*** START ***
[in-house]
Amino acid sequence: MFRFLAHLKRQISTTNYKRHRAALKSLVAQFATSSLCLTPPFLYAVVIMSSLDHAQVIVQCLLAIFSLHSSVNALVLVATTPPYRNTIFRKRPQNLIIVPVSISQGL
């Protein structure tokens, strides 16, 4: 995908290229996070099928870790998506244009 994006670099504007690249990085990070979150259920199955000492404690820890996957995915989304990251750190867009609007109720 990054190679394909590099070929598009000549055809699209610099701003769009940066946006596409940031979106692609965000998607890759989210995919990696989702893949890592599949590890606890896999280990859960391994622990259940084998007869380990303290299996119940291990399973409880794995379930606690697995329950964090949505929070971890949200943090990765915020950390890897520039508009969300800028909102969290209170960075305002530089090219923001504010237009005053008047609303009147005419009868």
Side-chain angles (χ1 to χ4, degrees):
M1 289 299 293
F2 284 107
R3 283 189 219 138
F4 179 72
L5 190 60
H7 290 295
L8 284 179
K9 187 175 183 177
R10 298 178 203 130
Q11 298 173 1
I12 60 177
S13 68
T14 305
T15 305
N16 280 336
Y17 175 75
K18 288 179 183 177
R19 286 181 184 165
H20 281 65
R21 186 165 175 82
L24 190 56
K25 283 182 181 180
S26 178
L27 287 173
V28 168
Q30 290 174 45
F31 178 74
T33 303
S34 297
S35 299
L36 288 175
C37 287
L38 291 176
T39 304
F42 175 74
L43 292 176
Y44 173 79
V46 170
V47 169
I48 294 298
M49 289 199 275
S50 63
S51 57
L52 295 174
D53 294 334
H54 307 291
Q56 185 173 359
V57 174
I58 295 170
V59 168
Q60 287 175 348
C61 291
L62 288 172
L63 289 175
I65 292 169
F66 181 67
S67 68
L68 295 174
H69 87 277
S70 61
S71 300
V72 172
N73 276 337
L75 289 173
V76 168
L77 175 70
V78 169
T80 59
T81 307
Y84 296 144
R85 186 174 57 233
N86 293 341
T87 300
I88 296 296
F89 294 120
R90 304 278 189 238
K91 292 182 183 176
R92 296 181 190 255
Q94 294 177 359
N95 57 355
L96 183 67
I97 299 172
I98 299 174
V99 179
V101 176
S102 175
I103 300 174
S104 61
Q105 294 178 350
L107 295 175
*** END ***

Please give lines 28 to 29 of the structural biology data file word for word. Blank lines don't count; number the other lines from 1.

L27 287 173
V28 168